Now this week Valve has updated us via the Steam blog on their approach to letting, or not letting games onto the Steam store. The principle is that unless a game’s illegal, or obvious trolling (part of the rationale for removing the aforementioned game), then anything goes. Valve is not willing to get into a discussion about principles and values as, is mentioned in the blog post, different people have different points of view and as such Valve cannot speak for everyone. So they won’t try to.
I suspect there is a resource issue at play here, too, in that the sheer number of titles submitted to Steam would require immense effort to police if doing more than checks for legality, trolling and technical aspects.
Is this passing the buck, or does the argument make sense? We'll have a bigger piece on this later today.
Conclusion Four: Sony will win E3
E3 is next week. This is the event in the gaming calendar for all the companies to announce their biggest games, their most exciting hardware ideas and provide all of the detail behind previously released titles. Sony will talk about Naughty Dog’s The Last of Us II, Kojima’s Death Stranding, Ghost of Tsushima from Sucker Punch and Spider-Man which Insomniac will be bringing us in September. That’s a lot of big stuff, and you’ll want to catch their presentation which is happening at 6 PM Pacific time on the 11th of June.
But Sony has started early. They actually began revealing stuff this week, with an announcement daily since Wednesday, where they announced Tetris Effect for PS4 and PSVR. Check out the trailer below for some trippy stuff:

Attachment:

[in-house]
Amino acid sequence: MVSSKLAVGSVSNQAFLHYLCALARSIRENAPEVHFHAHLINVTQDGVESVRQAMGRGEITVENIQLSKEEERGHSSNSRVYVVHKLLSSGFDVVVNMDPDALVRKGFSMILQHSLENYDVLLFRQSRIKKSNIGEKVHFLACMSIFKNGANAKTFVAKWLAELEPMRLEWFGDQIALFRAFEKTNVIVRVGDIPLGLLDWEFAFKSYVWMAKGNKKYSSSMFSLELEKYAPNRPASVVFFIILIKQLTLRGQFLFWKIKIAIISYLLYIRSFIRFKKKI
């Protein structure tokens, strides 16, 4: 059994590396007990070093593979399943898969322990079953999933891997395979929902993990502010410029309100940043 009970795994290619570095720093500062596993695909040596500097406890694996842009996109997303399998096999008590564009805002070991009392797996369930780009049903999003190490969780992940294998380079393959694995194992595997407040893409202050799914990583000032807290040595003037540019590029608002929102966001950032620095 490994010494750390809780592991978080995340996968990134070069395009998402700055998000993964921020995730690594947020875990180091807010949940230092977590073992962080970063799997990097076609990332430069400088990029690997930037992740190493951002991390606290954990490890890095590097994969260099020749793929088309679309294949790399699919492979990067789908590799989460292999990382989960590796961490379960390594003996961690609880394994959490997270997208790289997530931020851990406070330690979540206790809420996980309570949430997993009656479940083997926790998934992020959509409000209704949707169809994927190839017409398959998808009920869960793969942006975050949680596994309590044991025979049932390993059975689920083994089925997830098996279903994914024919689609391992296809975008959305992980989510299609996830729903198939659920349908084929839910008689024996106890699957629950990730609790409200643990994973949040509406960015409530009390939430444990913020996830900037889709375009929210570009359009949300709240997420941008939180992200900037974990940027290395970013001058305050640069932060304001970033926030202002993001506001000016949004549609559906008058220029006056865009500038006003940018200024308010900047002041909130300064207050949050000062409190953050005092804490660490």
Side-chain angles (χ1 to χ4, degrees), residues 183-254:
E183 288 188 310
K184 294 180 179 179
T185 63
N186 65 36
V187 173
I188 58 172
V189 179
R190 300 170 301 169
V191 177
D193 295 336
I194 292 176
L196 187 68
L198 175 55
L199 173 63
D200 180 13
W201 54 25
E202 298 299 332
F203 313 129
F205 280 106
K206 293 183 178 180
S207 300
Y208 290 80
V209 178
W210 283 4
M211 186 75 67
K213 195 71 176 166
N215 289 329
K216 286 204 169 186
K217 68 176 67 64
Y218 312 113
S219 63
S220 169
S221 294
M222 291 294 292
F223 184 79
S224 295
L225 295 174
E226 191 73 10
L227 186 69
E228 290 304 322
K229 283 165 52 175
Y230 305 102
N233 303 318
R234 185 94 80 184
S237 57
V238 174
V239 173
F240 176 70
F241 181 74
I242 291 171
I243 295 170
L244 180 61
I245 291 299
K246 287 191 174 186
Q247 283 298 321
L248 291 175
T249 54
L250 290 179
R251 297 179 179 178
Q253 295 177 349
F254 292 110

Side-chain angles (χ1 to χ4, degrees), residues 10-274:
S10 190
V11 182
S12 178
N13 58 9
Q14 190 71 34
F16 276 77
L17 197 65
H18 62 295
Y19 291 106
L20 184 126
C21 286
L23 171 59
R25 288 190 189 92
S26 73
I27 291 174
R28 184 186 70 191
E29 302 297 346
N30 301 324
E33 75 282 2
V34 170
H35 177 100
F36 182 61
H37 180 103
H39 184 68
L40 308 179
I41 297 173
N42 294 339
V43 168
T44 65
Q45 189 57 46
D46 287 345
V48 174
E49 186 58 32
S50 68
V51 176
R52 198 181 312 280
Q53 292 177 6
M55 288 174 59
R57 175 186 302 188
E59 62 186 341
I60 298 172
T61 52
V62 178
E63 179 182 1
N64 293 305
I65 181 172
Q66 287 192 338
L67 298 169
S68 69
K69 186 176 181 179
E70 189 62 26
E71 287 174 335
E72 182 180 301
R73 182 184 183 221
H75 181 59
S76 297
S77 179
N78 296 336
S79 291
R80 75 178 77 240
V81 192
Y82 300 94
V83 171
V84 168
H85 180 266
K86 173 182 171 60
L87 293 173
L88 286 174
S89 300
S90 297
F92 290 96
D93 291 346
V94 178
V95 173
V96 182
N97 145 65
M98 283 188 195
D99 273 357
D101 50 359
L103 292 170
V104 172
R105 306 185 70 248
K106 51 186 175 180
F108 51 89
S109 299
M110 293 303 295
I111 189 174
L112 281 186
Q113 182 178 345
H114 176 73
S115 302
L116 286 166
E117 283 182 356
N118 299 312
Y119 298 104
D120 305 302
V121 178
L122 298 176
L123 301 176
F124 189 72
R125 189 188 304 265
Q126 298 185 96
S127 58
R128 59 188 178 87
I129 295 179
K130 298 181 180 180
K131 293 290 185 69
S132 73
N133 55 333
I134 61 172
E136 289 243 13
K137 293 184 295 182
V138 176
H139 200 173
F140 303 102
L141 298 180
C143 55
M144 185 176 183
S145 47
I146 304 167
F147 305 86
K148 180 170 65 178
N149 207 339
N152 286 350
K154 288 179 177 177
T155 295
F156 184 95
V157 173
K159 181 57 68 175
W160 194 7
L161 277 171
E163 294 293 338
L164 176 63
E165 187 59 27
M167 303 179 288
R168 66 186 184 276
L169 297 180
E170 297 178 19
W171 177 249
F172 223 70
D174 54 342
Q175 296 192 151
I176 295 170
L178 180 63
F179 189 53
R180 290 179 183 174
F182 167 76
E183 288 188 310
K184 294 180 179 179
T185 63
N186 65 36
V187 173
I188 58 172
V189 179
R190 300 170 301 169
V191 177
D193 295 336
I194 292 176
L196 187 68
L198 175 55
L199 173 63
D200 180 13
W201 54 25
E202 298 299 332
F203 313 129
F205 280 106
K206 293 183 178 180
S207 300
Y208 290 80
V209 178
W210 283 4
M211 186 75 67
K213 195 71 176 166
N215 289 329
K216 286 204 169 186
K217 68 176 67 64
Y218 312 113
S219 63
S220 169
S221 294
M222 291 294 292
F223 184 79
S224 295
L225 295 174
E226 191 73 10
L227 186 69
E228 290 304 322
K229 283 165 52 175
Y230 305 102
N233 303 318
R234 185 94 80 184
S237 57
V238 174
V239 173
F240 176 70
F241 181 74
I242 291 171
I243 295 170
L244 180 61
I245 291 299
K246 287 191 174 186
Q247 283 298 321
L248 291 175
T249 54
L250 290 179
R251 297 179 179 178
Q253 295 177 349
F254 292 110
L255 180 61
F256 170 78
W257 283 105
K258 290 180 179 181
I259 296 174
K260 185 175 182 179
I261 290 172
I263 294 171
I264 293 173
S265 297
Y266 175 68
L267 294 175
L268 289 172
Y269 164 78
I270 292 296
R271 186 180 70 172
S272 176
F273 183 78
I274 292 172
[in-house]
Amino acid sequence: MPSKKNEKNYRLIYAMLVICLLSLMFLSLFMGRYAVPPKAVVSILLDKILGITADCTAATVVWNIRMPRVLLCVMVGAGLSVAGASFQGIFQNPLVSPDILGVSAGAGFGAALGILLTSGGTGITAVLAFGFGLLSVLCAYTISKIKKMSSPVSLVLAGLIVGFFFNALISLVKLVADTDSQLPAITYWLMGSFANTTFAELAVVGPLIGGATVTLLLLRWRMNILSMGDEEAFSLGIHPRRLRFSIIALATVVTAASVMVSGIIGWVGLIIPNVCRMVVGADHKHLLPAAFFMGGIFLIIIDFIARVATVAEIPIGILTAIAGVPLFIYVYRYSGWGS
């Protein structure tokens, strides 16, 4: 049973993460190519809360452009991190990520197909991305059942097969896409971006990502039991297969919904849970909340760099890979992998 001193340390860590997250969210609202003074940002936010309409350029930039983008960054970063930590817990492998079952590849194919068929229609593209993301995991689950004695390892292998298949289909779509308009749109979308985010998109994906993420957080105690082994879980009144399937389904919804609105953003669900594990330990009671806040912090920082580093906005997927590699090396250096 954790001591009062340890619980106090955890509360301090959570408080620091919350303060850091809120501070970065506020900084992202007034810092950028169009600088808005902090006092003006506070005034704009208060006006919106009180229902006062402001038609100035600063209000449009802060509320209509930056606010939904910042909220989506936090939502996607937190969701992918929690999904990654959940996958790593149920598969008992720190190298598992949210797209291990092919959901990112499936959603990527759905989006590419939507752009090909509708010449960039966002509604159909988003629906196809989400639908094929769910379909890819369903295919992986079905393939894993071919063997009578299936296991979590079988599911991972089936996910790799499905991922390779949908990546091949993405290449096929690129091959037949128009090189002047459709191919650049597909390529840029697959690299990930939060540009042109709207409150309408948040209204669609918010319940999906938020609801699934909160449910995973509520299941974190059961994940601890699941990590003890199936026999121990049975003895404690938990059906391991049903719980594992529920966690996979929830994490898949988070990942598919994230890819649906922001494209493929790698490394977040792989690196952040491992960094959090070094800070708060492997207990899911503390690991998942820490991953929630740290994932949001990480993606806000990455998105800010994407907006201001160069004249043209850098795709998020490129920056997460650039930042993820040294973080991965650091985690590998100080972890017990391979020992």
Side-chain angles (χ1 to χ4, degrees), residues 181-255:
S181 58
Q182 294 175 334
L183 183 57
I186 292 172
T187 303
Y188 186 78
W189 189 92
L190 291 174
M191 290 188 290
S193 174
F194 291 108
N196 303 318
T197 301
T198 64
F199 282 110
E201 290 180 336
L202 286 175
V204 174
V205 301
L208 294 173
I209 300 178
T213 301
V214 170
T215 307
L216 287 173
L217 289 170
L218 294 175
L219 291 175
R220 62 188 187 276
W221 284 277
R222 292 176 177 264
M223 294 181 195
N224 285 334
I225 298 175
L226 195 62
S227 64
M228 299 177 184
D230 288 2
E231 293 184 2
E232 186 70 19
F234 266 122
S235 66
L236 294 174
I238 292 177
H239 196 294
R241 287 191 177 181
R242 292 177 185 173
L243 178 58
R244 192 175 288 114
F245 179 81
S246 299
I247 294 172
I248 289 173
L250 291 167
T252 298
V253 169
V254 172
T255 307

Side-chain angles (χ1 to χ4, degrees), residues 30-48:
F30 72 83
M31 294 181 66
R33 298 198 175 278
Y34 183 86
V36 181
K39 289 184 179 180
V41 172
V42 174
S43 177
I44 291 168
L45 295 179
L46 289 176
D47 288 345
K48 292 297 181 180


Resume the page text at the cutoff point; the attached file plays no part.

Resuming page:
Coming from the folks who gave us Rez and Lumines this should be a darling of puzzle game lovers and in VR will likely take some beating. On Thursday they announced the Days Gone release date, which is set as 22nd February 2019.
We’ll get further announcements or teasers today, Saturday and Sunday, all leading up to the big one on Monday, as mentioned before. All of this added up, plus the way Sony have been doing E3 recently, and this console generation, to be a win for them over and above anyone else (NB: Nintendo might well have a megaton but they’re playing their own game, as always).
Conclusion Five: Clementine will die
Or perhaps not if you have anything to say in the matter? Telltale’s The Walking Dead: The Final Season comes out August 14th this year and sees you playing as Clementine, the lost little girl from 2012’s first season as an adult, looking after an orphaned boy named A.J.
There will be upgraded visuals, unscripted combat and an emotional season overall. Obviously. But how will it end spoiler-folks? We don’t know of course, but I suspect that this will be down to you. I don’t think the developers can force you to watch Clem die after all she’s been through. Equally it’s a game about zombies and having gotten this far is a surprise. So perhaps there will be multiple endings, one where we mirror season one’s finale and another where we get that god-damn happy ending that everyone actually, you know, deserves.